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Letter from the Secretary
SD Department of Education Nov. 2016  
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Terry Redlin Elementary students Strive for 5

“We can talk all we want about instructional strategies, improving our curriculum and all that goes on in the classroom, but if the kids aren’t in the seats, those technical things aren’t going to make a difference,” says Terry Redlin Elementary School (Sioux Falls) Principal Mitch Sheaffer.

Strive for 5
Administrator Intern Ryan DeGraff has been leading the school’s attendance awareness efforts. The Strive for 5 program rewards students for being in school on time, all day, for five consecutive days.

During lunch periods on Fridays, DeGraff holds prize drawings for students who have met the five-day requirement. Prizes are made possible through community partnerships with church groups, businesses, local athletic teams and others. A Sioux Falls Area Community Foundation grant funds a schoolwide drawing each week for a $50 gift card to Walmart.

Sometimes the school’s social worker delivers that gift card. “She usually contacts families when students aren’t coming to school,” Sheaffer says. “So our thinking is, let’s change that image and have her deliver the gift card because the student has been at school. Then if she needs to contact the family in the future for a visit that’s not as pleasant, we hope it might go more smoothly because she’s previously visited on a good note.”

Long-term goals
The school is also offering a long-term incentive, based on a similar program at General Beadle Elementary School in Rapid City. If a student achieves perfect attendance for the whole school year, the school will buy that student a bicycle.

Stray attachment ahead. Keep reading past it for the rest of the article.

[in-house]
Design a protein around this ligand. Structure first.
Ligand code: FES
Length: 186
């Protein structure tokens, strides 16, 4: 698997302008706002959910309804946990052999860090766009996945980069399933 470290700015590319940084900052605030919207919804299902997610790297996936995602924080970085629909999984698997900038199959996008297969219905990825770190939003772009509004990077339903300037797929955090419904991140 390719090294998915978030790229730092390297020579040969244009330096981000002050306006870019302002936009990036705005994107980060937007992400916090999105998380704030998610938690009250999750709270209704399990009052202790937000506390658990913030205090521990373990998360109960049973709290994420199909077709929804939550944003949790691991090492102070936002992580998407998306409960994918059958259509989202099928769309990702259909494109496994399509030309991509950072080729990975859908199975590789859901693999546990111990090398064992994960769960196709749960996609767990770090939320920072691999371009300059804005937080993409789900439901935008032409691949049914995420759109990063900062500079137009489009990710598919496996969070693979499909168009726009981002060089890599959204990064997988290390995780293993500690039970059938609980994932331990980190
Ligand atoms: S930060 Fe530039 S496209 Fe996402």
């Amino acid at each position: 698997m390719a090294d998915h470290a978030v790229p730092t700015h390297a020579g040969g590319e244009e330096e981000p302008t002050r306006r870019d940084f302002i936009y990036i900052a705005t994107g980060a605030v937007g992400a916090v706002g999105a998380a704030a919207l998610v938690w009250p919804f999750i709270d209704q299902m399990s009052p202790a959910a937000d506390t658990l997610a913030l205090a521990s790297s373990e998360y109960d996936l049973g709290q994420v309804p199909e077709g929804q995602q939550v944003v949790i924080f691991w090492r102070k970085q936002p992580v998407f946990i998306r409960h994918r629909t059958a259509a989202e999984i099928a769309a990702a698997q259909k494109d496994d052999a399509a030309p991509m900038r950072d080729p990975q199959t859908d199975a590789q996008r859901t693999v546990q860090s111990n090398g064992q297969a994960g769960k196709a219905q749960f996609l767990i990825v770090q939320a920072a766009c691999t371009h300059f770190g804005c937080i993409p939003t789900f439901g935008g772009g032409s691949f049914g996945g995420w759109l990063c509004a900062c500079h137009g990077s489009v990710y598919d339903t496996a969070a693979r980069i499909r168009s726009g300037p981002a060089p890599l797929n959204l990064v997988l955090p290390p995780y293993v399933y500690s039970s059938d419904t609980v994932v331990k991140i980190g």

Sheaffer and Ryan acknowledge that perfect attendance isn’t a realistic goal for everyone, but they hope these incentives help students and families understand how important it is to be in school.

“Our goal isn’t to have them just be excited about what they can get,” Sheaffer says. “Long-term, we hope they realize attendance is important not only to their learning, but their future, when they get beyond school and into careers. It’s important that these habits start early.”

Community involvement
“That’s why we’ve reached out to the community too, because the community understands that this is not just a school issue,” says DeGraff. “Developing these habits is a community-wide issue, because these young students will be our workforce in the future.”

Sioux Falls Fire Rescue is also teaming with the school to offer another unique incentive: a ride to school on a firetruck for some lucky students with strong attendance records.

Repeating the message
Just over two months into these efforts, Sheaffer and DeGraff don’t yet have hard data on effectiveness, but they are encouraged by anecdotal response thus far. The incentive program created buzz at the school’s open house.

“That excitement opened the door for us to speak more about the importance of getting students here on time and keeping them in school all day,” DeGraff says.

Sheaffer says they keep the message simple: “It’s important they’re here every day and on time. Just that constant message. Nothing spectacular or groundbreaking or earth-shattering. It’s just that this program gives us an opening to say it a lot. And I know our office staff have also been great at talking to parents, keeping that message succinct and repeating it, so people are hearing it over and over again.”

Your turn
Is your school or district doing something unique to promote attendance? Let us know, so we can potentially include your story in a future issue of the Ed Online!

 
     
 

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